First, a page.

ForkLift 4 sneak peek

We are postponing the release of ForkLift 4

In one of our latest blog posts, we discussed our plans for the new business model for ForkLift 4. The feedback from our users has been overwhelmingly positive, which has strengthened our decision about the new pricing model. In this last post, we also wrote that we were hoping to release ForkLift 4 in the spring of 2021.

We were planning to make fewer significant changes to ForkLift than in the previous major releases. And we certainly didn’t want to completely rewrite the code as we did in the past major versions. That was one of the reasons why we hoped that we could release ForkLift 4 in the spring. However, we are postponing the release of ForkLift 4 because we have decided to make a major overhaul once again.

First and foremost, we want to add more new features to ForkLift 4 than planned so that we can call it a new major version with a clear conscience.

Also, because of the complexity of ForkLift, we need to keep the code of ForkLift clean and sustainable. That is a standard we have set for ourselves. That is good for the developer and the users as well. A maintained, sustainable code is easier to work with, and it allows new functionality to grow. The maintainability of the code will become even more significant now that we are switching to the new model of continuous development.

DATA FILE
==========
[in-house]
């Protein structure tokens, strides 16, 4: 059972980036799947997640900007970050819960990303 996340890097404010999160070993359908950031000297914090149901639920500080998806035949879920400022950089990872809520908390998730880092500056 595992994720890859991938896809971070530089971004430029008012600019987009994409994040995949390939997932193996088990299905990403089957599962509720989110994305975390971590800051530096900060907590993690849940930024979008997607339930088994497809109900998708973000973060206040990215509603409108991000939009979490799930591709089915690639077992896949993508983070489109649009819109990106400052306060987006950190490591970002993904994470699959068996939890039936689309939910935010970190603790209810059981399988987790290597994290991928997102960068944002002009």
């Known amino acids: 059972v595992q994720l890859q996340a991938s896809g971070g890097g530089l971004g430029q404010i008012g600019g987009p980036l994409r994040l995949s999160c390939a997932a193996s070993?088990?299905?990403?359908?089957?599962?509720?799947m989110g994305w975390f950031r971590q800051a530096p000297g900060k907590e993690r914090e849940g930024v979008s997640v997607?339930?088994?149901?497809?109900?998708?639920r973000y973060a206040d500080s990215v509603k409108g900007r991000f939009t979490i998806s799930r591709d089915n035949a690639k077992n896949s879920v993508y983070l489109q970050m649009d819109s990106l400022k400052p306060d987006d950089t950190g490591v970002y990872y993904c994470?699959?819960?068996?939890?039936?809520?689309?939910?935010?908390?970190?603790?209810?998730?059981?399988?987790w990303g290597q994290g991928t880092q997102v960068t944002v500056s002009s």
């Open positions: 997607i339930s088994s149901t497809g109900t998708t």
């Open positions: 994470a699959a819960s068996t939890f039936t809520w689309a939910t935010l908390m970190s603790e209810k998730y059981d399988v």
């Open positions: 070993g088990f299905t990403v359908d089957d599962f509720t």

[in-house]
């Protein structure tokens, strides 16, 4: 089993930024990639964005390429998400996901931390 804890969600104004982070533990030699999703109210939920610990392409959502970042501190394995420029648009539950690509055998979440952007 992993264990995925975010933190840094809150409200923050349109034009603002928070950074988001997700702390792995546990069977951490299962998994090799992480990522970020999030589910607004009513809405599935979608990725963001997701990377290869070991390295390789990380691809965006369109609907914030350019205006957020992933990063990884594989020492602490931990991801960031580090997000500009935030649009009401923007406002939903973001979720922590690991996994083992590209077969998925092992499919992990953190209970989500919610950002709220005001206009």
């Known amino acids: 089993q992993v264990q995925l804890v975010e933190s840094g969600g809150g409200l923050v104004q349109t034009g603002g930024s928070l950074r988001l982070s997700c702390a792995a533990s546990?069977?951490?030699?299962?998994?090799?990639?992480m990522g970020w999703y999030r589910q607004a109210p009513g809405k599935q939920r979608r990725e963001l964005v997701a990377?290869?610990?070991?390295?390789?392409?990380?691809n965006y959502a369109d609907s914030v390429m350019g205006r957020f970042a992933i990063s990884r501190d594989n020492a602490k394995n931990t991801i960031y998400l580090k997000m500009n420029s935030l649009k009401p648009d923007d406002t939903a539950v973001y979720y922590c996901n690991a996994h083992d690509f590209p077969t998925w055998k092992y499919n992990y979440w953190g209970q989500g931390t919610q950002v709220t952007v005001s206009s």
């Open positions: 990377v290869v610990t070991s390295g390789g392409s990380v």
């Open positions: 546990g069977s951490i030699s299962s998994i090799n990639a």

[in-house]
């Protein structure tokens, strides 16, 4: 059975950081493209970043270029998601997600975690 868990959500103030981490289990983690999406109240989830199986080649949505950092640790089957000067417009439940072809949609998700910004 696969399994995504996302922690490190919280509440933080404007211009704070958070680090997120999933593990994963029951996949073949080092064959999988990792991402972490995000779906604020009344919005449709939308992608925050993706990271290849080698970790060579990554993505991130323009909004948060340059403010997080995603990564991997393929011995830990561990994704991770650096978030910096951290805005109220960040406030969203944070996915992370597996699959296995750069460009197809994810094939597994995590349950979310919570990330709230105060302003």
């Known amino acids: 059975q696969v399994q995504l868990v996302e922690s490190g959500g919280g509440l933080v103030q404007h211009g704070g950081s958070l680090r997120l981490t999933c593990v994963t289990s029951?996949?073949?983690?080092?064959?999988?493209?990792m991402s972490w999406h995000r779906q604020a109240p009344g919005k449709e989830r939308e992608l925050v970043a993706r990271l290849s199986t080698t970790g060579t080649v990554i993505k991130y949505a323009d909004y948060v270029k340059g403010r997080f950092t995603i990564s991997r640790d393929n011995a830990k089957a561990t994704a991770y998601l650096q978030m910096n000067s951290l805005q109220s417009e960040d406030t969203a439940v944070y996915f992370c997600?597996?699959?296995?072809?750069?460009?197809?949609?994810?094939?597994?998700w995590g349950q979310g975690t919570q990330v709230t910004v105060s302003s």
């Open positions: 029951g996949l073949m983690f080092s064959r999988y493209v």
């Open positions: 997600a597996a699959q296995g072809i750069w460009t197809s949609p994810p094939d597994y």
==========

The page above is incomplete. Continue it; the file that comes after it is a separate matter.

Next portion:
We want to create a solid foundation that we can later easily build on. If we want the code to stay relevant, then we have to change bigger parts of it, and it is better to change some of the core functions now, before the release, than a few months later on the live code.

There are some new technologies and implementations (for example, SwiftUI) that we want to use in ForkLift 4, which would allow us to build a more robust and future proof app. These new solutions are reducing the complexity of the code too. There is only one thing that can improve the app besides writing code, and that is deleting some unnecessary code. It feels good and liberating to delete something old and unnecessary entirely or replace it with a much simpler solution. But unfortunately, using these modern implementations has its price too, and this price is the compatibility. ForkLift 4 will likely require a recent macOS version, but we hope that by the time ForkLift 4 comes out, this won’t be such a big issue.

Since we had announced that ForkLift 4 might come out in the spring, a lot of people asked if they should purchase ForkLift 3 now or wait until the new version comes out. Users who need or want to buy ForkLift now should buy it now and shouldn’t postpone the purchase. In the past, we always introduced grace periods for the users who had bought ForkLift in the months before the release of the next major version. We will work out a fair concept this time too, where users won’t need to purchase ForkLift twice within a given period. We will make sure that this will be a fair offer.

If you could add ONE feature to ForkLift 4, what would it be? Let us know in the comments which is the one, most important feature you definitely would like to see in ForkLift 4.

ForkLift – New Business Model

We at Binarynights are planning to change how we develop and price ForkLift, and before you freak out, no, we don’t want to use subscriptions. Find out in this post what we are planning and why.

So far, we have used the one-off purchase model which means that the major releases (ForkLift 1, ForkLift 2 and ForkLift 3) were paid releases and all minor updates in between (for example ForkLift 3.3.9) were free. This is the traditional way of selling software online but it has some drawbacks for both the developers and the users.